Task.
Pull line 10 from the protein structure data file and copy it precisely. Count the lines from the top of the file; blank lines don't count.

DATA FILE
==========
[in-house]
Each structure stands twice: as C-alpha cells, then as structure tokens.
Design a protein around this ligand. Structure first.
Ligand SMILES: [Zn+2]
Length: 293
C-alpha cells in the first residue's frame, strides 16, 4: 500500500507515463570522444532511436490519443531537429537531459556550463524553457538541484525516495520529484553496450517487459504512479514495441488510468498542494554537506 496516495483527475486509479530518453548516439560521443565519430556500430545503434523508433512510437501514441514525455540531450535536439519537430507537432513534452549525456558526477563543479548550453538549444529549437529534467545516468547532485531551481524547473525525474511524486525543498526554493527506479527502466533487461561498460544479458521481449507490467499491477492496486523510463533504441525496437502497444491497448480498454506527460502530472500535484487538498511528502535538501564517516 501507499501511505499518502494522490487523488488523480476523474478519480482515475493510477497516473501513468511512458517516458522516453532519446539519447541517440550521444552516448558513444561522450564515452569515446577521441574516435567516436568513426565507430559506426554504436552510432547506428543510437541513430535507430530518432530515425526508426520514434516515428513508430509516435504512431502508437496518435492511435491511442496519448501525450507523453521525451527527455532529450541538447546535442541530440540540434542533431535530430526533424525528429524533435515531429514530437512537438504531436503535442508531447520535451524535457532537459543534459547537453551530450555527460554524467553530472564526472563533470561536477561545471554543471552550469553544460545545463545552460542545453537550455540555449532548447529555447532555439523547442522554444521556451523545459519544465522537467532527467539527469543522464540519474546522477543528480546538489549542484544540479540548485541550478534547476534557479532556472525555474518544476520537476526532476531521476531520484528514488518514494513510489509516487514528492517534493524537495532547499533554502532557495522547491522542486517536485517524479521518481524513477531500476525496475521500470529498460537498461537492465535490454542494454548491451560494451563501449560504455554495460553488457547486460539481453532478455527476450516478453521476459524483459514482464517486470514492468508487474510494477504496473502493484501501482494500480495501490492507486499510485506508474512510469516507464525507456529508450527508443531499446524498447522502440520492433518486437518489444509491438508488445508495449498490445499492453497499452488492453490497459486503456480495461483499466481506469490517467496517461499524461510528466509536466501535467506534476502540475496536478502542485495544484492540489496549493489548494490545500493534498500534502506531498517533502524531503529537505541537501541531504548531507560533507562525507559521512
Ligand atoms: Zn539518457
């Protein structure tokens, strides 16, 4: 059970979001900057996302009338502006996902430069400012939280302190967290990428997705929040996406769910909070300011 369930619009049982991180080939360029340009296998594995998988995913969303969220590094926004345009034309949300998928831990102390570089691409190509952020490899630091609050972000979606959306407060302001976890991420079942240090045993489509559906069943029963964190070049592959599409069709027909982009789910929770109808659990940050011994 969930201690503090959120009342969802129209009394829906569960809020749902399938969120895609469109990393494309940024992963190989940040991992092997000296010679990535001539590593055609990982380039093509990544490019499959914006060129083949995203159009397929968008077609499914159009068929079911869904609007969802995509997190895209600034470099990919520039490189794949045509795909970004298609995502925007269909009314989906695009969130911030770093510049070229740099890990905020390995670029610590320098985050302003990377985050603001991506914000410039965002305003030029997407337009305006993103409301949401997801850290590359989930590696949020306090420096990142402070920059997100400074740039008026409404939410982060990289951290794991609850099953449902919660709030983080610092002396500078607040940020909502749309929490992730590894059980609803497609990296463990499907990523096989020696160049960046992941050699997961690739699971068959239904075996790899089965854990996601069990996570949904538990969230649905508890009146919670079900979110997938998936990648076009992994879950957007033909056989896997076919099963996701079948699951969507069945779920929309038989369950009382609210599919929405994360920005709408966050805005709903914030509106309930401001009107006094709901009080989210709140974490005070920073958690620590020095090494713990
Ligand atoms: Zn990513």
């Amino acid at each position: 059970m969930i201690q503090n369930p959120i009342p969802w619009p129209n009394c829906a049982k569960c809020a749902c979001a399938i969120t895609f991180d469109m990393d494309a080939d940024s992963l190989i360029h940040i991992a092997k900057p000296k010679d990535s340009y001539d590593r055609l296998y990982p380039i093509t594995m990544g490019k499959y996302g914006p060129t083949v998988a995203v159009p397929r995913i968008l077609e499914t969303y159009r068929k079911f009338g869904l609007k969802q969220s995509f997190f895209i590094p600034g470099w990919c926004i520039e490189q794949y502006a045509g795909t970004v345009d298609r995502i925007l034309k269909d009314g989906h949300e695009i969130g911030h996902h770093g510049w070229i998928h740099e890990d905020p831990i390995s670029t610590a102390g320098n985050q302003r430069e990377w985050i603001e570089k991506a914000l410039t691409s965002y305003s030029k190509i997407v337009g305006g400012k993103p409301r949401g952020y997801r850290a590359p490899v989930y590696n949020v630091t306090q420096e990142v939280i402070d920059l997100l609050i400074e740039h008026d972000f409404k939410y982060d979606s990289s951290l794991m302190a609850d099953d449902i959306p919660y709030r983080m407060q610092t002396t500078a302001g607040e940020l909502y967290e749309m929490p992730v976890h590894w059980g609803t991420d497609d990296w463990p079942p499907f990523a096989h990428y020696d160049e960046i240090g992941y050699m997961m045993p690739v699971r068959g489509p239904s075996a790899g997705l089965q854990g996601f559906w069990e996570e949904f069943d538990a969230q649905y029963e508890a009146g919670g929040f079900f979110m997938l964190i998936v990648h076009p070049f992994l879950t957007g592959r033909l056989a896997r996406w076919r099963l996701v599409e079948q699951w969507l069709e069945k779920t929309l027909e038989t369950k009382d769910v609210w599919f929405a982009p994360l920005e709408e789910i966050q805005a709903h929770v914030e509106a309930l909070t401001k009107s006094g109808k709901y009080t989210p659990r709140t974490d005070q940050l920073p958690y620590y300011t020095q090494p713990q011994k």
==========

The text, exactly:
């Amino acid at each position: 059970m969930i201690q503090n369930p959120i009342p969802w619009p129209n009394c829906a049982k569960c809020a749902c979001a399938i969120t895609f991180d469109m990393d494309a080939d940024s992963l190989i360029h940040i991992a092997k900057p000296k010679d990535s340009y001539d590593r055609l296998y990982p380039i093509t594995m990544g490019k499959y996302g914006p060129t083949v998988a995203v159009p397929r995913i968008l077609e499914t969303y159009r068929k079911f009338g869904l609007k969802q969220s995509f997190f895209i590094p600034g470099w990919c926004i520039e490189q794949y502006a045509g795909t970004v345009d298609r995502i925007l034309k269909d009314g989906h949300e695009i969130g911030h996902h770093g510049w070229i998928h740099e890990d905020p831990i390995s670029t610590a102390g320098n985050q302003r430069e990377w985050i603001e570089k991506a914000l410039t691409s965002y305003s030029k190509i997407v337009g305006g400012k993103p409301r949401g952020y997801r850290a590359p490899v989930y590696n949020v630091t306090q420096e990142v939280i402070d920059l997100l609050i400074e740039h008026d972000f409404k939410y982060d979606s990289s951290l794991m302190a609850d099953d449902i959306p919660y709030r983080m407060q610092t002396t500078a302001g607040e940020l909502y967290e749309m929490p992730v976890h590894w059980g609803t991420d497609d990296w463990p079942p499907f990523a096989h990428y020696d160049e960046i240090g992941y050699m997961m045993p690739v699971r068959g489509p239904s075996a790899g997705l089965q854990g996601f559906w069990e996570e949904f069943d538990a969230q649905y029963e508890a009146g919670g929040f079900f979110m997938l964190i998936v990648h076009p070049f992994l879950t957007g592959r033909l056989a896997r996406w076919r099963l996701v599409e079948q699951w969507l069709e069945k779920t929309l027909e038989t369950k009382d769910v609210w599919f929405a982009p994360l920005e709408e789910i966050q805005a709903h929770v914030e509106a309930l909070t401001k009107s006094g109808k709901y009080t989210p659990r709140t974490d005070q940050l920073p958690y620590y300011t020095q090494p713990q011994k």